Another Building Collapse in Ghana – Construction Industry is sitting on a Time Bomb

The recent gas explosion at atomic junction on 7 October 2017 sent shivers down my spine. Very horrific incident, which could have been avoided if we took issues more seriously as a country. May the souls of those we lost in the incident rest in peace. 

Whiles we were all engulfed in the mourning, lamentations and complaining, my mind went to the construction industry which equally posses the same if not a higher level of security risk and danger to human life and property due to neglect of the industry.

There appears to be a very slow or lack of appreciation of the interventions needed to redeem the construction industry to deliver quality products to guarantee value for money, security, health and safety of citizens. It appears as a country we are not doing what it takes to find sustainable solutions. Almost every time there is a disaster, we all lament and it ends there. Our lamentations do not spur us on to finding sustainable solutions. Over the past years (2012 – 2016), there has been at least five official major building collapses in Accra, the capital city of Ghana, alone that claimed a total of 23 lives.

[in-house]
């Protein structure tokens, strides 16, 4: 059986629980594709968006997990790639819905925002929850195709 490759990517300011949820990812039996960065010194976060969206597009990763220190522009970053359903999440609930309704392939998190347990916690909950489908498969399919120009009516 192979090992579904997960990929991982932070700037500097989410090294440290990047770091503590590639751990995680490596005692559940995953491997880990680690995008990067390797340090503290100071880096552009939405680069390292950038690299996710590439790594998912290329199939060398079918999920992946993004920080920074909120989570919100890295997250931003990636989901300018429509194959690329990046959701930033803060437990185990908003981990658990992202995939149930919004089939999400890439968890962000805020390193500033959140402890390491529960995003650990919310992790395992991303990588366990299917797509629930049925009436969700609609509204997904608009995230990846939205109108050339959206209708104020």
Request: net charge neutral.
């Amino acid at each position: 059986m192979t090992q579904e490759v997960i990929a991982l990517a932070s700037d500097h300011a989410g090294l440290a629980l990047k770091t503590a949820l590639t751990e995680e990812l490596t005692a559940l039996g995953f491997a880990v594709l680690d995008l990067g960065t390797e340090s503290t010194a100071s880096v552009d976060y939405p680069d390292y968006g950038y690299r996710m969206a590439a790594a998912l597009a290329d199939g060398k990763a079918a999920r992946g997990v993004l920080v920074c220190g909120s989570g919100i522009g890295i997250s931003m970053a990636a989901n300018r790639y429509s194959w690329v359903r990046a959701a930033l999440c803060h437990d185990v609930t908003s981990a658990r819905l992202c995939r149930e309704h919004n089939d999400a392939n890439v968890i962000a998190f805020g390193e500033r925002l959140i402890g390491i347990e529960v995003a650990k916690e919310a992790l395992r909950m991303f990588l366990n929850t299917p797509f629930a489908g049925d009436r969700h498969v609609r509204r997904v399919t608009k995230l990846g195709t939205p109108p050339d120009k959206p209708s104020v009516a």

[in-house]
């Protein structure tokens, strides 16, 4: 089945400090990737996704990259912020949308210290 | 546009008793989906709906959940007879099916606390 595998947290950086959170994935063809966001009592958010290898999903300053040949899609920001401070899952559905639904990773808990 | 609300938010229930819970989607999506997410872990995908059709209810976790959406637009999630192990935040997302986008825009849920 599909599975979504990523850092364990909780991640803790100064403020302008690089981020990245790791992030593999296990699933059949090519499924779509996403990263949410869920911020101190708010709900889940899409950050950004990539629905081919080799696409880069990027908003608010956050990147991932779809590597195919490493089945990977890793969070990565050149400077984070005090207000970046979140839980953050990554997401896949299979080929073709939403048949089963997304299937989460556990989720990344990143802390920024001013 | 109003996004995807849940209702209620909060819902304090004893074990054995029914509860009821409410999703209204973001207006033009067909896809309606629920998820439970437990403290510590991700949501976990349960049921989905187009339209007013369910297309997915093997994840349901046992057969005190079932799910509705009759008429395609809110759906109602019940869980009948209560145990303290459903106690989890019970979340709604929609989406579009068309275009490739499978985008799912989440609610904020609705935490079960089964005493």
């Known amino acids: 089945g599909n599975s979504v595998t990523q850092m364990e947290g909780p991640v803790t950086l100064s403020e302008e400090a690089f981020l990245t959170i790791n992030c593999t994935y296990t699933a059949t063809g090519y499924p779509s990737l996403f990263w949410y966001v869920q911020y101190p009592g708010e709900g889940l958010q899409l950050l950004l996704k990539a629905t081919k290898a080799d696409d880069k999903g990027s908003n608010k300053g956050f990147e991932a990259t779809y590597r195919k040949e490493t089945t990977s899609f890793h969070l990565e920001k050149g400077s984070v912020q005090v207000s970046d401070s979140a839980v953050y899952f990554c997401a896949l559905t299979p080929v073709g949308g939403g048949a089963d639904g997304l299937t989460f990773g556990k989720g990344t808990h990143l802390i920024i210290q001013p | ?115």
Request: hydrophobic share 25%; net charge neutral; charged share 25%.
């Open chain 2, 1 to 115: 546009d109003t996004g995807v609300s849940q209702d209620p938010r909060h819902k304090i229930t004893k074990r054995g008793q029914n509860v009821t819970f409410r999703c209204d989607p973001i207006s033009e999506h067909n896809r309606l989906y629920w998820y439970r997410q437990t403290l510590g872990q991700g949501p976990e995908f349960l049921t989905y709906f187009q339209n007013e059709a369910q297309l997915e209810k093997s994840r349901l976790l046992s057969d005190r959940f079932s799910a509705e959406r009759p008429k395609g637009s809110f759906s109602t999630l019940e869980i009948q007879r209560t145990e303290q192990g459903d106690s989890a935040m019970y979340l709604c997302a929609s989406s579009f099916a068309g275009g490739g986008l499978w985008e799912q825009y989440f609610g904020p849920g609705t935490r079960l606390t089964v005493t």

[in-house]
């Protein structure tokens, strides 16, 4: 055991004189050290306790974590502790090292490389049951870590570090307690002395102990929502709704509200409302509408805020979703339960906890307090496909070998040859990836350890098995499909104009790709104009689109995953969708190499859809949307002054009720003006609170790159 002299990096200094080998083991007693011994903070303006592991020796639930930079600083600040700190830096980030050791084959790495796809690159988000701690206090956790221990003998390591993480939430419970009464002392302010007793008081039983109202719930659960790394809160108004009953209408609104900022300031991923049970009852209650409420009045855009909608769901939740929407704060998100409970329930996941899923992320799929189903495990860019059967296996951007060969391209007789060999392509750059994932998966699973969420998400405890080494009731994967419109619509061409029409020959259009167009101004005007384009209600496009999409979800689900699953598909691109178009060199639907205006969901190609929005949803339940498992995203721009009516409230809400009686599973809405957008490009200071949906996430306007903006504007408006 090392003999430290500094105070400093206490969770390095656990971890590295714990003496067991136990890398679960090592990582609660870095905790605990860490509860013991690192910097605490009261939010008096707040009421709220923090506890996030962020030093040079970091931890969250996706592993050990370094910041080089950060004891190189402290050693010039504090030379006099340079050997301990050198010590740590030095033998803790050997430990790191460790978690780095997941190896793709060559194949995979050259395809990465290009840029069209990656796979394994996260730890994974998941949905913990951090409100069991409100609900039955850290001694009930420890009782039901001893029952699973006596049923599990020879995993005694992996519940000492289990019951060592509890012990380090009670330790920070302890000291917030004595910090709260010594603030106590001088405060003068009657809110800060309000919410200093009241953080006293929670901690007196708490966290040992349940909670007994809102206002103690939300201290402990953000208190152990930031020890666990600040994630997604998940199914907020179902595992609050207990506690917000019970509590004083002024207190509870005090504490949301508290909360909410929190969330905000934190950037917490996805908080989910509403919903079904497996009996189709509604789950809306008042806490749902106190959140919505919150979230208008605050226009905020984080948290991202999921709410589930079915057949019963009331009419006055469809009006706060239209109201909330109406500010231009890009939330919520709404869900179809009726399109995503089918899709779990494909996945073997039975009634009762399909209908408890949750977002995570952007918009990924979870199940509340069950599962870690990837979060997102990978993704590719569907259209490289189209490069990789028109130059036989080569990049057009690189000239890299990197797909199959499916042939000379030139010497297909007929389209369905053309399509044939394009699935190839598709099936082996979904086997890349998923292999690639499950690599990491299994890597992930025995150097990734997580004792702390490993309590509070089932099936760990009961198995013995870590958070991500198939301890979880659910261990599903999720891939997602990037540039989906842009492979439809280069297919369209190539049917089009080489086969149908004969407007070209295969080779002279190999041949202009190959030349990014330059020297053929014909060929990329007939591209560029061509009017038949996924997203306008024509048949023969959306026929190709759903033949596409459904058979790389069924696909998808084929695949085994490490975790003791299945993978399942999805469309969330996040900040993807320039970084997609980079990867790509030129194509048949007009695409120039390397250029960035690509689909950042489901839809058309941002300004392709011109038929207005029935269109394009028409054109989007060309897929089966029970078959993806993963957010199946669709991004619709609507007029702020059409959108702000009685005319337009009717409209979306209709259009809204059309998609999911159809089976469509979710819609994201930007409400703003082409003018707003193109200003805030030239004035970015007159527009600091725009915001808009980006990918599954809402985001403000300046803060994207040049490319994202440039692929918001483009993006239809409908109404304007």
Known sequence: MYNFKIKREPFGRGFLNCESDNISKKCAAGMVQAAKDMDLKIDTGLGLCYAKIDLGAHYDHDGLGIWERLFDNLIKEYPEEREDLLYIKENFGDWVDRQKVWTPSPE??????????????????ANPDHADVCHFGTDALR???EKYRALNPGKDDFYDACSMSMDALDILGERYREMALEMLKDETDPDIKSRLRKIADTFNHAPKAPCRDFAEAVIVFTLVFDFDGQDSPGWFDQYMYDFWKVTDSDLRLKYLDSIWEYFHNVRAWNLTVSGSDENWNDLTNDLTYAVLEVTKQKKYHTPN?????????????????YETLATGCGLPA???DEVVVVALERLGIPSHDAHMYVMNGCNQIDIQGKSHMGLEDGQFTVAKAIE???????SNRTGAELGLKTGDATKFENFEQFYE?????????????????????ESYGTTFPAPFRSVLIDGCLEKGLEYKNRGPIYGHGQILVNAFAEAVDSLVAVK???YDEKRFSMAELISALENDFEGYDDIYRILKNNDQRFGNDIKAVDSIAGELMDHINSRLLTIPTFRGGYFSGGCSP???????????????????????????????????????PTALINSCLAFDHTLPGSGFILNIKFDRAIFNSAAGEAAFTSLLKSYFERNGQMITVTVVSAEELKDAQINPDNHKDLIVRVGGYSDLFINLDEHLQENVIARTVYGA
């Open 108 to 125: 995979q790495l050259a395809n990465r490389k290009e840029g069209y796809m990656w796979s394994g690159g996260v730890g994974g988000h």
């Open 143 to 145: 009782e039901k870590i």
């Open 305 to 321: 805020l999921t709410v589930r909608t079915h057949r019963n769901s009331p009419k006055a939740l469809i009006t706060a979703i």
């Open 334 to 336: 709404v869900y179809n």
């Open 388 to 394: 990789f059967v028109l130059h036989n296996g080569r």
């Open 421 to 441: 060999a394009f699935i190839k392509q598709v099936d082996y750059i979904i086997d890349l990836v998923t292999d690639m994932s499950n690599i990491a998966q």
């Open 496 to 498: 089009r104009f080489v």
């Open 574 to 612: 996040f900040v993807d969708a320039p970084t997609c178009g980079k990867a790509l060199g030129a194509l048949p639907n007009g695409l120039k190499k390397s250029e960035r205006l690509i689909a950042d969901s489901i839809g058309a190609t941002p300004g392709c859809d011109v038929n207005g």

The Melcom building collapse near Achimota in 2012 claimed 14 lives whereas the Grand View Hotel building collapse at Nii-Boi Town in 2014 recorded four deaths. Two other buildings collapsed in 2014; the building near Akai House at Cantonments owned by the Export Development and Agricultural Investment Fund (EDAIF) claimed one life while the Central University hostel building collapse in Dawhenya recorded no death.

This year alone, there has been a couple of building collapses. In a Joy News interview on 25th October, 2017 at 9:21am with Kwabena Nsenkyire (Ashanti Regional NADMO boss), over the collapse of a building in Kumasi, the NADMO blames it on Engineers. Which Engineer? The issue is that there is no deliberate strategy to fix the problem sustainably. 

A building collapse in Malaysia triggered an action to set up a construction industrial development board to ensure the growth and development of the construction Industry. Today Malaysia and countries that have embraced development of the construction industry; a sector which contributes very significantly to GDP, averagely about 10% globally and 14.8% specifically in Ghana.  Countries such as Malaysia are now exporting construction capacity and repatriating the profits into their countries. This imported capacity is what we cherish so much and pay attention to. This is a product of other countries deliberate policy to grow and develop the capacity of their construction service providers. Oh Ghana! Why are we doing this to ourselves?